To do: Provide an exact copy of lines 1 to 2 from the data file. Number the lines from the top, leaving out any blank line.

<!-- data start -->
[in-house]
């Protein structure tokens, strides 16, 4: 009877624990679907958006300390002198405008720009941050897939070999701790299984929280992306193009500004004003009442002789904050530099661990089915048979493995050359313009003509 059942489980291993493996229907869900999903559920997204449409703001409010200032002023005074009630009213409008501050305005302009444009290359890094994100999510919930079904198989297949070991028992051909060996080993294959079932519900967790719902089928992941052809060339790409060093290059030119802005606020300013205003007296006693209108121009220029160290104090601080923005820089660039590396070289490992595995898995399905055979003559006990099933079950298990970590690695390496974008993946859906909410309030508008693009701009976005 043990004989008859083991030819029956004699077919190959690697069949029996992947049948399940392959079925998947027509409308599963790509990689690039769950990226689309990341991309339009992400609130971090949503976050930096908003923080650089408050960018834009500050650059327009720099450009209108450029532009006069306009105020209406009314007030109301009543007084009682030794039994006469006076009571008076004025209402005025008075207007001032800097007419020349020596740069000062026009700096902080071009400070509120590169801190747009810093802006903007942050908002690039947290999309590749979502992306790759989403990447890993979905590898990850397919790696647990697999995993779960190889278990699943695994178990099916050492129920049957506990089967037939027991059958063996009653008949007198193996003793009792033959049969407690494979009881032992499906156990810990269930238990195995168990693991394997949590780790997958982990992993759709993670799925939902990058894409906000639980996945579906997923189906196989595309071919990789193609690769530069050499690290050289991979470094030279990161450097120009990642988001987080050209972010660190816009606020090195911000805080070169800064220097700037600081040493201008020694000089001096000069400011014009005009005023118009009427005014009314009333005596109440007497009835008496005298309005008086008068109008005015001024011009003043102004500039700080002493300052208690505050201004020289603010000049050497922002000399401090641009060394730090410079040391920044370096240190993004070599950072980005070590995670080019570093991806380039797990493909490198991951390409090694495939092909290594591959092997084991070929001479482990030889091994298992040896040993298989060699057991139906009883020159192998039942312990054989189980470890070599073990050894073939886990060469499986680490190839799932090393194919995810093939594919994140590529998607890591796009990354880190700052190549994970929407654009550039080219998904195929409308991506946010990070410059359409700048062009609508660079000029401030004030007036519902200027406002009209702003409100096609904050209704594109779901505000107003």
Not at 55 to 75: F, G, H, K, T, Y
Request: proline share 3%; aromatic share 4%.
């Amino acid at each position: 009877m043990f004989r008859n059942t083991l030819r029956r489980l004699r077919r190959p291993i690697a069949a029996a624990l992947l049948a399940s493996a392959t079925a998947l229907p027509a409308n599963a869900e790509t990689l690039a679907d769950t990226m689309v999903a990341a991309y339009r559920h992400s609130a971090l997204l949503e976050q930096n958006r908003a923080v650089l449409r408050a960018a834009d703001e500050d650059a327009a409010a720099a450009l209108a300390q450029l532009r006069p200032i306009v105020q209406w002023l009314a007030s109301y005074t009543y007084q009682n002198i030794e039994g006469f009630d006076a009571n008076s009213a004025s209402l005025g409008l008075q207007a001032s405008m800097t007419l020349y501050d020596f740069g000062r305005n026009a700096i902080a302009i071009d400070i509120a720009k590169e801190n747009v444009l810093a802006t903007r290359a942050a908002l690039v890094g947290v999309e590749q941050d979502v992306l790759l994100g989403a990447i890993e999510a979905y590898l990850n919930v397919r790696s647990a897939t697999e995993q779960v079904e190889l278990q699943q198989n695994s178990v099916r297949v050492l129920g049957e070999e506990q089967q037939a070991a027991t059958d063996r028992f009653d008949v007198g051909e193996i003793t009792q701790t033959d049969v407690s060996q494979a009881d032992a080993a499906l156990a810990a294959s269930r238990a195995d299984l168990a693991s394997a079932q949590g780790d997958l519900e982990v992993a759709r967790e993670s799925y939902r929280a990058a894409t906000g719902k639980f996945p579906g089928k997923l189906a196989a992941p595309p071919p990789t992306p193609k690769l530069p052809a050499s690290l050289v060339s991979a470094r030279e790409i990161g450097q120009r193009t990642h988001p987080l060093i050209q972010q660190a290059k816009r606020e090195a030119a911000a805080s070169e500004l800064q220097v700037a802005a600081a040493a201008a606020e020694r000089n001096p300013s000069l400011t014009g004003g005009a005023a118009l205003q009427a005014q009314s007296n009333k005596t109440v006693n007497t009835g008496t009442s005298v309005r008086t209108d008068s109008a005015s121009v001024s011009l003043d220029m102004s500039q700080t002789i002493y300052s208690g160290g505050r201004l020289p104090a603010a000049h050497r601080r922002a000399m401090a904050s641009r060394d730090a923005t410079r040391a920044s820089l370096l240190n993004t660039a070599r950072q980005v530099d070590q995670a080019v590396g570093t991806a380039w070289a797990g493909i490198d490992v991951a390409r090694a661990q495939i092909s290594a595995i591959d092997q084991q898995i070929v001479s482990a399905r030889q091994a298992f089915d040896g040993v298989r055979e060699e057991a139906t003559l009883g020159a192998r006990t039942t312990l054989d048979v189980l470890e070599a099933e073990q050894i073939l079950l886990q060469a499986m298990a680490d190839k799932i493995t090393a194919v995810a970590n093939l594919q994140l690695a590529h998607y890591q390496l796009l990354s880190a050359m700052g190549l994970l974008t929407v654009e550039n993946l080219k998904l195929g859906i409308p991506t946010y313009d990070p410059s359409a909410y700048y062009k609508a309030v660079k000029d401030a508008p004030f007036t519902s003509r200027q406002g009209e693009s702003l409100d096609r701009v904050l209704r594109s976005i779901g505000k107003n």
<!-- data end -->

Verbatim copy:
[in-house]
């Protein structure tokens, strides 16, 4: 009877624990679907958006300390002198405008720009941050897939070999701790299984929280992306193009500004004003009442002789904050530099661990089915048979493995050359313009003509 059942489980291993493996229907869900999903559920997204449409703001409010200032002023005074009630009213409008501050305005302009444009290359890094994100999510919930079904198989297949070991028992051909060996080993294959079932519900967790719902089928992941052809060339790409060093290059030119802005606020300013205003007296006693209108121009220029160290104090601080923005820089660039590396070289490992595995898995399905055979003559006990099933079950298990970590690695390496974008993946859906909410309030508008693009701009976005 043990004989008859083991030819029956004699077919190959690697069949029996992947049948399940392959079925998947027509409308599963790509990689690039769950990226689309990341991309339009992400609130971090949503976050930096908003923080650089408050960018834009500050650059327009720099450009209108450029532009006069306009105020209406009314007030109301009543007084009682030794039994006469006076009571008076004025209402005025008075207007001032800097007419020349020596740069000062026009700096902080071009400070509120590169801190747009810093802006903007942050908002690039947290999309590749979502992306790759989403990447890993979905590898990850397919790696647990697999995993779960190889278990699943695994178990099916050492129920049957506990089967037939027991059958063996009653008949007198193996003793009792033959049969407690494979009881032992499906156990810990269930238990195995168990693991394997949590780790997958982990992993759709993670799925939902990058894409906000639980996945579906997923189906196989595309071919990789193609690769530069050499690290050289991979470094030279990161450097120009990642988001987080050209972010660190816009606020090195911000805080070169800064220097700037600081040493201008020694000089001096000069400011014009005009005023118009009427005014009314009333005596109440007497009835008496005298309005008086008068109008005015001024011009003043102004500039700080002493300052208690505050201004020289603010000049050497922002000399401090641009060394730090410079040391920044370096240190993004070599950072980005070590995670080019570093991806380039797990493909490198991951390409090694495939092909290594591959092997084991070929001479482990030889091994298992040896040993298989060699057991139906009883020159192998039942312990054989189980470890070599073990050894073939886990060469499986680490190839799932090393194919995810093939594919994140590529998607890591796009990354880190700052190549994970929407654009550039080219998904195929409308991506946010990070410059359409700048062009609508660079000029401030004030007036519902200027406002009209702003409100096609904050209704594109779901505000107003």